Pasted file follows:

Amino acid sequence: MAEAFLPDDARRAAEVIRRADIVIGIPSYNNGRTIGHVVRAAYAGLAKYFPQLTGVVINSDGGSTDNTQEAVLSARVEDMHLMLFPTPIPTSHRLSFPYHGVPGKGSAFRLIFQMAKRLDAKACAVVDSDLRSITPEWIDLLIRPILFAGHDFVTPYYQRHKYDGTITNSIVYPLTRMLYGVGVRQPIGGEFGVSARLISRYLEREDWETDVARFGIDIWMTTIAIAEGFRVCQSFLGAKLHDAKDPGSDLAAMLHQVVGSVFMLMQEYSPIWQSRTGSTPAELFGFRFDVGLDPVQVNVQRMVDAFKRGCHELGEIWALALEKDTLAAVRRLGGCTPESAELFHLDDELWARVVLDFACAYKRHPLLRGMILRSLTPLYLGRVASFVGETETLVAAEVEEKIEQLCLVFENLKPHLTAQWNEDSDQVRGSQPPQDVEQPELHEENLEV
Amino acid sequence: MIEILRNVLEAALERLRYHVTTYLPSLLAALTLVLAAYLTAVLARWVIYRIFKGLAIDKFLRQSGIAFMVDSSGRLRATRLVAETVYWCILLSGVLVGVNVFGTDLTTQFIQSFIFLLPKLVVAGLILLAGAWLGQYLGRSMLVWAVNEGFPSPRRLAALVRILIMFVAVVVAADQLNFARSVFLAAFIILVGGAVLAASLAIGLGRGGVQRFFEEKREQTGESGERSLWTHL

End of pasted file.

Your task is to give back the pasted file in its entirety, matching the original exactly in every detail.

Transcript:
Amino acid sequence: MAEAFLPDDARRAAEVIRRADIVIGIPSYNNGRTIGHVVRAAYAGLAKYFPQLTGVVINSDGGSTDNTQEAVLSARVEDMHLMLFPTPIPTSHRLSFPYHGVPGKGSAFRLIFQMAKRLDAKACAVVDSDLRSITPEWIDLLIRPILFAGHDFVTPYYQRHKYDGTITNSIVYPLTRMLYGVGVRQPIGGEFGVSARLISRYLEREDWETDVARFGIDIWMTTIAIAEGFRVCQSFLGAKLHDAKDPGSDLAAMLHQVVGSVFMLMQEYSPIWQSRTGSTPAELFGFRFDVGLDPVQVNVQRMVDAFKRGCHELGEIWALALEKDTLAAVRRLGGCTPESAELFHLDDELWARVVLDFACAYKRHPLLRGMILRSLTPLYLGRVASFVGETETLVAAEVEEKIEQLCLVFENLKPHLTAQWNEDSDQVRGSQPPQDVEQPELHEENLEV
Amino acid sequence: MIEILRNVLEAALERLRYHVTTYLPSLLAALTLVLAAYLTAVLARWVIYRIFKGLAIDKFLRQSGIAFMVDSSGRLRATRLVAETVYWCILLSGVLVGVNVFGTDLTTQFIQSFIFLLPKLVVAGLILLAGAWLGQYLGRSMLVWAVNEGFPSPRRLAALVRILIMFVAVVVAADQLNFARSVFLAAFIILVGGAVLAASLAIGLGRGGVQRFFEEKREQTGESGERSLWTHL